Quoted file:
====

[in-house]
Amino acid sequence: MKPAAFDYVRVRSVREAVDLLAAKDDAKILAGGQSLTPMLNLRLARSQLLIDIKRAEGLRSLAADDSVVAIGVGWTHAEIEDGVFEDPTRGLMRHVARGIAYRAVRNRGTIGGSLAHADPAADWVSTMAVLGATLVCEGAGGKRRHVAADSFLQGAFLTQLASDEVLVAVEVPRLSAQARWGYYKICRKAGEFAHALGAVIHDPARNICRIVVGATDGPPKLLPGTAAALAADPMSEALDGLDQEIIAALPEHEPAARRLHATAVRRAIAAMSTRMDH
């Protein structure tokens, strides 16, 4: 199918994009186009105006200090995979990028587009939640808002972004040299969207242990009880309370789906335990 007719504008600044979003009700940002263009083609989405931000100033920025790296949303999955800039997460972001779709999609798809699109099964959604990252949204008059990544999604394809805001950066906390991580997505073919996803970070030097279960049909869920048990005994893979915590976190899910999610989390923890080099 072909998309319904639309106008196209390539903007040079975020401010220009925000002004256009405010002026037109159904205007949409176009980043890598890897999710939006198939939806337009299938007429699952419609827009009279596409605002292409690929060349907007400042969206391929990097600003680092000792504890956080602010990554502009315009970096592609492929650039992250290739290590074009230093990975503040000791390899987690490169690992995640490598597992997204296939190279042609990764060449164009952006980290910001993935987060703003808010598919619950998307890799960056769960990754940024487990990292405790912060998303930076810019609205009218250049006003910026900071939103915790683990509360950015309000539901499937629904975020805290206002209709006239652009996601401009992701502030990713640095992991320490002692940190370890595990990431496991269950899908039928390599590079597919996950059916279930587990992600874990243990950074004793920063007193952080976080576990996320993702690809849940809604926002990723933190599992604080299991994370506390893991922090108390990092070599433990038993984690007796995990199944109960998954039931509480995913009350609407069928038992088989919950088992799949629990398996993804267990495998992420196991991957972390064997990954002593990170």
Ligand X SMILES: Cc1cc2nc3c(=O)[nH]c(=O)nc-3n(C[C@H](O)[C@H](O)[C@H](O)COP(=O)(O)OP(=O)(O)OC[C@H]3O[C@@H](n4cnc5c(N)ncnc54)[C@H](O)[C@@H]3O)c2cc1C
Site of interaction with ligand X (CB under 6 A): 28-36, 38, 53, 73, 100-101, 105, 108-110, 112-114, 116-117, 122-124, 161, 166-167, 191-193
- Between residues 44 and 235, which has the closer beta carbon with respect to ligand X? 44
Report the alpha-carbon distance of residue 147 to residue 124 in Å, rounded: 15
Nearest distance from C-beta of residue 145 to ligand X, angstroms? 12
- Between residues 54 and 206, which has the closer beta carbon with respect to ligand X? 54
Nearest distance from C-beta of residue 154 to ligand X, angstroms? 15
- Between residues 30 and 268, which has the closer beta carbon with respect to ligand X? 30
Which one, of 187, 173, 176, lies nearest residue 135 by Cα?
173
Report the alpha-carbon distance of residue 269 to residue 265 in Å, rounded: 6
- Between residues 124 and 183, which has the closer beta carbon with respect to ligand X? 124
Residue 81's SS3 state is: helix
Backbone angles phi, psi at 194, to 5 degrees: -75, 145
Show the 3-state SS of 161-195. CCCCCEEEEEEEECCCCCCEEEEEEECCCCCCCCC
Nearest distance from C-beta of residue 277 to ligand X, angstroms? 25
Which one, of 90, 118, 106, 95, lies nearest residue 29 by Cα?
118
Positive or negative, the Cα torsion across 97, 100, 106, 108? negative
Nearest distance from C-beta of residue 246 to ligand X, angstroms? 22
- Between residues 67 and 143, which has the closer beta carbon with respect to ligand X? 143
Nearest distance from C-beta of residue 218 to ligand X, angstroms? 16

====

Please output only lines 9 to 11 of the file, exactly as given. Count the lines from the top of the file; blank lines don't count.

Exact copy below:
- Between residues 54 and 206, which has the closer beta carbon with respect to ligand X? 54
Nearest distance from C-beta of residue 154 to ligand X, angstroms? 15
- Between residues 30 and 268, which has the closer beta carbon with respect to ligand X? 30